The Utah company has argued the 2005 Family Home Movie Act allows for its method of filtering and streaming content to its customers. But the 9th Circuit Court of Appeals disagreed in August, rejecting VidAngel’s appeal against Disney, Warner Brothers, 20th Century Fox and LucasFilm.

Now, Harmon’s company is seeking a new court order in Utah stipulating that its new service is legal. In September, it sued several studios in Salt Lake City’s U.S. District Court.

VidAngel launched its streaming service-based filtering approach in June, which offers filtering of movies from licensed streaming services, plus an additional method designed to filter disc movies without using unlawful decryption.

Harmon said in a statement his company would continue offering its filtering service, that it is hiring engineers, and that it has launched its own original series called “Dry Bar Comedy.”

…read more

Source:: Deseret News – Business News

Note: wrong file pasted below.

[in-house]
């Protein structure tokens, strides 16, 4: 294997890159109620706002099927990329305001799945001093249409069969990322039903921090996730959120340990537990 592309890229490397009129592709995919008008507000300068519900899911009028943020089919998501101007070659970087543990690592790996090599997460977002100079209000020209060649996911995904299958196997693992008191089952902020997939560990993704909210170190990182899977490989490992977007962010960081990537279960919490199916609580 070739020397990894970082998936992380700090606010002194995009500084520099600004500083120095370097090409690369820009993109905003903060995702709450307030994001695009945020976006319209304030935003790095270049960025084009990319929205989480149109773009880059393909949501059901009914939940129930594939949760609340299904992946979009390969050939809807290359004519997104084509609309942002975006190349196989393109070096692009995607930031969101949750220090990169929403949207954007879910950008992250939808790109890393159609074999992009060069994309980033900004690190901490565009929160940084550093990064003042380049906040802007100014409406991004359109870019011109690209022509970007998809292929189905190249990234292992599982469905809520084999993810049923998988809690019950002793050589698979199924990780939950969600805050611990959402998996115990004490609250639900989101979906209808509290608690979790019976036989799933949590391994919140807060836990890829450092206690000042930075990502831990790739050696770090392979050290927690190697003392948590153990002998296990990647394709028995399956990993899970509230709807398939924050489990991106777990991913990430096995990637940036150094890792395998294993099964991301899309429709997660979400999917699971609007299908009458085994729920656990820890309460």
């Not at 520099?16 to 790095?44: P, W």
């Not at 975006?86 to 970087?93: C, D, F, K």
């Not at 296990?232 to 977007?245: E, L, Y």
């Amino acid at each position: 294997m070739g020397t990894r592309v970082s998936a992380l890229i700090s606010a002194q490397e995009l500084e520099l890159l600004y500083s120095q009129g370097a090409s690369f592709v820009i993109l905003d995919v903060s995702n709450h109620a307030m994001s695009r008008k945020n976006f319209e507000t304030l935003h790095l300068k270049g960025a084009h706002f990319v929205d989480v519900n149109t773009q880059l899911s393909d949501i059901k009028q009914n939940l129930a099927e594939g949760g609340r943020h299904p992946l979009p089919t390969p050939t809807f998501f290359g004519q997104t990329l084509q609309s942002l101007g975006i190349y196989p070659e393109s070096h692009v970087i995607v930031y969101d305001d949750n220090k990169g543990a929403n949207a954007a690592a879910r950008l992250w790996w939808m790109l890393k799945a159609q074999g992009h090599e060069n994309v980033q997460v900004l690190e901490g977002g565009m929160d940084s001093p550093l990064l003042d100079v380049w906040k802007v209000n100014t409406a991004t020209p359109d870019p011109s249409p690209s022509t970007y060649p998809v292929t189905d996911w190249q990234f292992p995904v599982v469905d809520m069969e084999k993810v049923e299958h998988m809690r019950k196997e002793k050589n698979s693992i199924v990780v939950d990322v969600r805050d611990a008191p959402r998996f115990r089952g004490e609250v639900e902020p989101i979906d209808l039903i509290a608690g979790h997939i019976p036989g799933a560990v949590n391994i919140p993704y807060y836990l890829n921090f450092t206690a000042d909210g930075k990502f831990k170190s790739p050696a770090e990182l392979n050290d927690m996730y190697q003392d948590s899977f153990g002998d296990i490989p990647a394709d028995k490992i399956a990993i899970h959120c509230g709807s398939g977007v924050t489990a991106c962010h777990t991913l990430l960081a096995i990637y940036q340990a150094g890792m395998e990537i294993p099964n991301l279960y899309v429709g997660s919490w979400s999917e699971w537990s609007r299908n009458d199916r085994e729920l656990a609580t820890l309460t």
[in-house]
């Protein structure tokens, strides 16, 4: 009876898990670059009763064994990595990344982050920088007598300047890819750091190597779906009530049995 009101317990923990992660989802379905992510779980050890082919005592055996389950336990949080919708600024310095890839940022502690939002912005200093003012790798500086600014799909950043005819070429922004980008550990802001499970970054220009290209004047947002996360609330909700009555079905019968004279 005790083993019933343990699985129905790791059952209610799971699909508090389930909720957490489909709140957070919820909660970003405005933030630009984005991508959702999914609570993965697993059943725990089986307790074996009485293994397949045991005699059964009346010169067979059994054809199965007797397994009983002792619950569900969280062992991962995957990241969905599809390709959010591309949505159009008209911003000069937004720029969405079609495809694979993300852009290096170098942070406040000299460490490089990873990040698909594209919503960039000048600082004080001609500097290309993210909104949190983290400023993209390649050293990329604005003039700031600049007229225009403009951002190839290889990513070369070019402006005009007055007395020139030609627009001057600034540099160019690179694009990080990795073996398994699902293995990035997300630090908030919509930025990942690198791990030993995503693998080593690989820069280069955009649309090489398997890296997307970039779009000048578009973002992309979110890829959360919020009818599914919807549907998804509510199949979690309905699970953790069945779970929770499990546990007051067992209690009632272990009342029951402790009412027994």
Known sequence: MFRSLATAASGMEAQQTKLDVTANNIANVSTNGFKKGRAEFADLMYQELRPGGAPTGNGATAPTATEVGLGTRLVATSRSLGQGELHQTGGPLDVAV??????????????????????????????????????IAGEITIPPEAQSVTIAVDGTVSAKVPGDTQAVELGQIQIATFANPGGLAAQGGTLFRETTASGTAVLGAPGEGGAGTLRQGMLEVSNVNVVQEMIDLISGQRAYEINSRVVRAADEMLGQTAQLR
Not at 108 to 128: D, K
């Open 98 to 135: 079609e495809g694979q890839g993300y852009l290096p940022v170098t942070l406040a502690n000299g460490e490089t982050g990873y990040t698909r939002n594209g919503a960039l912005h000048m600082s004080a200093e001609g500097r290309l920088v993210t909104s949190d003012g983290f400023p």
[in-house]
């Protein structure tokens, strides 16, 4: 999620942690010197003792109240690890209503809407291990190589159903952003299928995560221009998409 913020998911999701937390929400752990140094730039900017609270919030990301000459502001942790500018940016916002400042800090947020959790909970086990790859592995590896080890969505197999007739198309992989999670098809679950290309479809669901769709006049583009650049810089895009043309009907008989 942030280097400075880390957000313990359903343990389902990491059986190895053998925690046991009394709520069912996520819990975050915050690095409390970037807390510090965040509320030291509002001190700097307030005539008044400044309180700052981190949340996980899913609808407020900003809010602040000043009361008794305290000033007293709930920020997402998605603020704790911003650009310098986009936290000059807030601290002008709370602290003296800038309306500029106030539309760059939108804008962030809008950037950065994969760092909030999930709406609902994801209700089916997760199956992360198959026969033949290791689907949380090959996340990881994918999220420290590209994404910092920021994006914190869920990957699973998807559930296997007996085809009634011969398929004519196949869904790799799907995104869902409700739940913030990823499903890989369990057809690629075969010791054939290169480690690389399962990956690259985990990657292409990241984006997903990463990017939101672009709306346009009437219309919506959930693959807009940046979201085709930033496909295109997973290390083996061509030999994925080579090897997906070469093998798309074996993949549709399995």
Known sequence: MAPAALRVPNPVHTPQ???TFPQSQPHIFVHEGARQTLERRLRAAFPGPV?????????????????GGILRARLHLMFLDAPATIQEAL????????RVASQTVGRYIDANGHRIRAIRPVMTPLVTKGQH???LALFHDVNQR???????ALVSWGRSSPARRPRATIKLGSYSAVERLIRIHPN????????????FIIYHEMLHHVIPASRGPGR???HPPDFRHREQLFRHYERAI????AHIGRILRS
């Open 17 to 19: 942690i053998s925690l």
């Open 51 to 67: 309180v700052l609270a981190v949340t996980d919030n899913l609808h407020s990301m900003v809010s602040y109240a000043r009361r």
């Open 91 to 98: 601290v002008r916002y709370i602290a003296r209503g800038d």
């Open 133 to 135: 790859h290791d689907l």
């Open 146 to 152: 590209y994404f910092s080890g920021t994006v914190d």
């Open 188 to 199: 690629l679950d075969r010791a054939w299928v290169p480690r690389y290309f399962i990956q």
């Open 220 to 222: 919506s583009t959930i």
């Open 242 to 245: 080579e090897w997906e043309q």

Young professionals from Baltics, Hungary tour Salt Lake

SALT LAKE CITY Nearly two dozen young professionals from the Baltic states and Hungary toured Salt Lake City on Wednesday as part of an international internship program.

The group visited the Lassonde Entrepreneur Institute at the University of Utah, as well as studios of KSL-TV, KSL NewsRadio, FM100.3, 103.5 The Arrow and Studio 5 in downtown Salt Lake.

For Anna Udre, the trip to the broadcast station was especially unique, as she worked as a journalist in her home country, Latvia.

“Everything in Latvia is smaller,” she said. “Every time I go to any media (station) here in the U.S., there’s a lot of excitement.”